“In any book-to-movie endeavor, the book is the specification and we as consumers judge how well the filmmakers did in implementing the story.”
I admit it. I’m a huge Harry Potter fan. I own a complete first-edition set of the books and actually drove over an hour and a half each way to pick up my niece and nephew as my “excuse” to see the first movie when it came out, since my own children were too young at the time. I have read all the books (or listened to the audiobooks) and watched all the movies more times than I can count. When my son got older I read the books to him at bedtime, and later with my daughter.
My rule has always been that you have to read the book before you can see the movie — a rule that I scrupulously apply to any book-to-movie endeavor. If you see the movie first, then when you read the book all you will see in your mind is the corresponding scene from the movie. But if you read the book first, then your imagination can run wild and bring the story to life in a way that a movie simply can’t match. Also, there are usually details in the book that they can’t fit into the movie (with the possible exception of the 9-hour trilogy version of The Hobbit). So, in a way, the book is the specification and we as consumers judge how well the filmmakers did in implementing the story. So, we’re kind of like verification engineers! You knew I’d bring it around to verification, didn’t you?
This issue of Verification Horizons is more “intimate” than usual, but I’m sure you’ll still find plenty of helpful insights throughout these articles. We start with our featured article, “Why Hardware Emulation Is Necessary to Verify Deep Learning Designs,” by my Mentor colleague Jean-Marie Brunet and noted verification expert Lauro Rizzatti. Before making the case as to why emulation is required, they provide one of the best overviews of what “deep learning” actually means and what’s involved in designing hardware to implement such a system. When you consider the requirements for scalability, virtualization and determinism in verifying a deep learning system, the need for emulation is obvious.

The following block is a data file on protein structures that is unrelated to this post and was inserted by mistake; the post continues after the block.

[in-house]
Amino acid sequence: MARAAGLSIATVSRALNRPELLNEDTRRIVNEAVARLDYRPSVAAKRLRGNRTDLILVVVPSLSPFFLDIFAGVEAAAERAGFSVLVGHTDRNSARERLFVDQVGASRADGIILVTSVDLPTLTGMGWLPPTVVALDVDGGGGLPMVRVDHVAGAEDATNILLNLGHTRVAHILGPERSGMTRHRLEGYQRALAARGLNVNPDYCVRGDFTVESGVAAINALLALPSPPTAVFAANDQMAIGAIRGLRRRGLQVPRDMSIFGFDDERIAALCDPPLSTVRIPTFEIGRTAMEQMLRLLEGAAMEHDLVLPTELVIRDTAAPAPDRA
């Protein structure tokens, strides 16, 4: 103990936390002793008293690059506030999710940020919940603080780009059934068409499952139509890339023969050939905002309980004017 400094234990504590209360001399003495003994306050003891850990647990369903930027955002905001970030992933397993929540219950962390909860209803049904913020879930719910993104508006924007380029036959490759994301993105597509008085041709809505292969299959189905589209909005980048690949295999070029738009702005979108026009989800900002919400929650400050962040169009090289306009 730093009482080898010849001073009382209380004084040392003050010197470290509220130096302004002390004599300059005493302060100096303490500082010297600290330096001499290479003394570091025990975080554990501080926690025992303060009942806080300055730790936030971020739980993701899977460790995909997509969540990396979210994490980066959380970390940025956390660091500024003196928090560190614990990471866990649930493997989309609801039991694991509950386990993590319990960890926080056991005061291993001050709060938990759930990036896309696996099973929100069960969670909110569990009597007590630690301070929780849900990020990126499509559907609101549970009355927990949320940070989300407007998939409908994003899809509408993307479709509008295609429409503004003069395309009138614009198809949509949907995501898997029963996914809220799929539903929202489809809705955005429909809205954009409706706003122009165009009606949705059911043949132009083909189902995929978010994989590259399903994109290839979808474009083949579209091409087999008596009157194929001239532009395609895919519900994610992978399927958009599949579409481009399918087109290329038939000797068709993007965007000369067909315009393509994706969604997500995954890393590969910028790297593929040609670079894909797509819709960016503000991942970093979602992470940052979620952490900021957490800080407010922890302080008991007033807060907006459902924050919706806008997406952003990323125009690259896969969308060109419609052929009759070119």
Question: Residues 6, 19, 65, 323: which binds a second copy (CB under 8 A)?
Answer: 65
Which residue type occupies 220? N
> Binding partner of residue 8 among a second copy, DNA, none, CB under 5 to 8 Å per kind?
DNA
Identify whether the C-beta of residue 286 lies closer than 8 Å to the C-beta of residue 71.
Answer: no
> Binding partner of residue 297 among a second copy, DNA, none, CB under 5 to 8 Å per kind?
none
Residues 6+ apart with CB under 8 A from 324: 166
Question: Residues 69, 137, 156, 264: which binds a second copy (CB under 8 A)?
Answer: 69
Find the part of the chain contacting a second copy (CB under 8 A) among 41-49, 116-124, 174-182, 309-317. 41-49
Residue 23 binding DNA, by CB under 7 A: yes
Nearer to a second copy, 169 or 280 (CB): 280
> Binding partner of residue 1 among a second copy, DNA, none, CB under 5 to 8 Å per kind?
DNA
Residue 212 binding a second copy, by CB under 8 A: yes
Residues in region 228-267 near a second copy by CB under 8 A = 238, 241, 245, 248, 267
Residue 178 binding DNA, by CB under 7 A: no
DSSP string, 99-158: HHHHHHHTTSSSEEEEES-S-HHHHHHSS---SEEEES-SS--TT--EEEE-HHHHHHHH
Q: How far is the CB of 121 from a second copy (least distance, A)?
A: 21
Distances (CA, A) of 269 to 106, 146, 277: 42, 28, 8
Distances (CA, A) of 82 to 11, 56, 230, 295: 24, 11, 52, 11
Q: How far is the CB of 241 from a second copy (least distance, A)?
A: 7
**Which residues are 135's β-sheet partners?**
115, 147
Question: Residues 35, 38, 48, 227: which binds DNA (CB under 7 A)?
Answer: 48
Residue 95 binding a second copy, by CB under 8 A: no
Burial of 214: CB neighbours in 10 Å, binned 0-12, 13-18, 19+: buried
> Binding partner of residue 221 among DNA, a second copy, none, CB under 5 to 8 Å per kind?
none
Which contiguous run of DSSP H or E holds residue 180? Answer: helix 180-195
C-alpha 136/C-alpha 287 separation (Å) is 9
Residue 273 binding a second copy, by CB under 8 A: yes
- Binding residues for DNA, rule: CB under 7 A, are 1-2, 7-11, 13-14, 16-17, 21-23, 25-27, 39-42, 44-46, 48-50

In “Deadlock Prevention Made Easy with Formal Verification,” a team of our formal verification experts at Mentor explore the intricacies of safety and liveness properties to identify deadlocks in formal verification. As you’ll see, the way to automate deadlock detection is by using some unique capabilities of Questa® PropCheck and AutoCheck. The article actually walks you through a real use case to illustrate these powerful additions to your formal verification toolkit. You’ll have to read the article to see how raccoons and koalas fit into the discussion.
In “Exercising State Machines with Command Sequences,” my Mentor colleague and Portable Stimulus guru, Matthew Ballance, shows us how Questa® inFact can generate command sequences that will exhaustively exercise a complex state machine. The key is to use inFact’s Coverage Creator feature to auto-generate a complex SystemVerilog covergroup from a relatively simple specification which, coupled with a straightforward set of constraints, will let inFact automatically create a set of sequences to exercise the state machine. This is a great example of how inFact can let you take advantage of Portable Stimulus technology in your existing simulation-based verification environment.
As a special treat in this issue, we’re sharing two articles that were recently presented at DVCon Europe. In “Designing a Portable Stimulus Reuse Strategy,” Matthew shares some critical insights on how to apply the new Portable Test and Stimulus Standard in a way that maximizes the reuse benefits when sharing test intent and IP between teams and projects. Just as UVM formalized a methodology for SystemVerilog, this article outlines a methodology and accompanying planning process that will enable you to take full advantage of this exciting new technology.